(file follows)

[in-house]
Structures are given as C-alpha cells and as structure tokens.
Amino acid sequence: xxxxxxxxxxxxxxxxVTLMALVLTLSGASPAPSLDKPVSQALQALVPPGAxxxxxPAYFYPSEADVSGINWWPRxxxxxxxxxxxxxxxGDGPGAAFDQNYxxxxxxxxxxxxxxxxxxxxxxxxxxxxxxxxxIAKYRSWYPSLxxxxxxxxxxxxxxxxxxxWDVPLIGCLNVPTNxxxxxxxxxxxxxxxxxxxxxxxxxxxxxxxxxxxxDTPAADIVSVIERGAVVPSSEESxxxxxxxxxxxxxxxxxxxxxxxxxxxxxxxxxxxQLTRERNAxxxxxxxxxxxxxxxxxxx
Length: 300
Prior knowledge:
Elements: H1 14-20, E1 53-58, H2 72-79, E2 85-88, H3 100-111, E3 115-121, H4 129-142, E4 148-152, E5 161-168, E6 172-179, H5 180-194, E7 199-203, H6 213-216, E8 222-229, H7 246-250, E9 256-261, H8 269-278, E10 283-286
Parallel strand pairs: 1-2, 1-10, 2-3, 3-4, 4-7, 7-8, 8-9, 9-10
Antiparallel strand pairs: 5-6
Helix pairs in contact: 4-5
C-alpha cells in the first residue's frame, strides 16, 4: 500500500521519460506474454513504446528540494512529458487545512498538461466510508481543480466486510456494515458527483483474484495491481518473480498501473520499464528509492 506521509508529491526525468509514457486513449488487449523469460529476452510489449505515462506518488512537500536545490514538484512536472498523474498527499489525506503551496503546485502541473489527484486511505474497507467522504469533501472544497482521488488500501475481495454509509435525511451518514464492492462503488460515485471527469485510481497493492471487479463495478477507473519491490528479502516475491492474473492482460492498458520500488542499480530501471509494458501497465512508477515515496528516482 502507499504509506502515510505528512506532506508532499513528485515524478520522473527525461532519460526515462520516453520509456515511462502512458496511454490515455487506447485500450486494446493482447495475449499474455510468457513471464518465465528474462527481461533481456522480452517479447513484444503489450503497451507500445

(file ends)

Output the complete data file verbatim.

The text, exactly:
[in-house]
Structures are given as C-alpha cells and as structure tokens.
Amino acid sequence: xxxxxxxxxxxxxxxxVTLMALVLTLSGASPAPSLDKPVSQALQALVPPGAxxxxxPAYFYPSEADVSGINWWPRxxxxxxxxxxxxxxxGDGPGAAFDQNYxxxxxxxxxxxxxxxxxxxxxxxxxxxxxxxxxIAKYRSWYPSLxxxxxxxxxxxxxxxxxxxWDVPLIGCLNVPTNxxxxxxxxxxxxxxxxxxxxxxxxxxxxxxxxxxxxDTPAADIVSVIERGAVVPSSEESxxxxxxxxxxxxxxxxxxxxxxxxxxxxxxxxxxxQLTRERNAxxxxxxxxxxxxxxxxxxx
Length: 300
Prior knowledge:
Elements: H1 14-20, E1 53-58, H2 72-79, E2 85-88, H3 100-111, E3 115-121, H4 129-142, E4 148-152, E5 161-168, E6 172-179, H5 180-194, E7 199-203, H6 213-216, E8 222-229, H7 246-250, E9 256-261, H8 269-278, E10 283-286
Parallel strand pairs: 1-2, 1-10, 2-3, 3-4, 4-7, 7-8, 8-9, 9-10
Antiparallel strand pairs: 5-6
Helix pairs in contact: 4-5
C-alpha cells in the first residue's frame, strides 16, 4: 500500500521519460506474454513504446528540494512529458487545512498538461466510508481543480466486510456494515458527483483474484495491481518473480498501473520499464528509492 506521509508529491526525468509514457486513449488487449523469460529476452510489449505515462506518488512537500536545490514538484512536472498523474498527499489525506503551496503546485502541473489527484486511505474497507467522504469533501472544497482521488488500501475481495454509509435525511451518514464492492462503488460515485471527469485510481497493492471487479463495478477507473519491490528479502516475491492474473492482460492498458520500488542499480530501471509494458501497465512508477515515496528516482 502507499504509506502515510505528512506532506508532499513528485515524478520522473527525461532519460526515462520516453520509456515511462502512458496511454490515455487506447485500450486494446493482447495475449499474455510468457513471464518465465528474462527481461533481456522480452517479447513484444503489450503497451507500445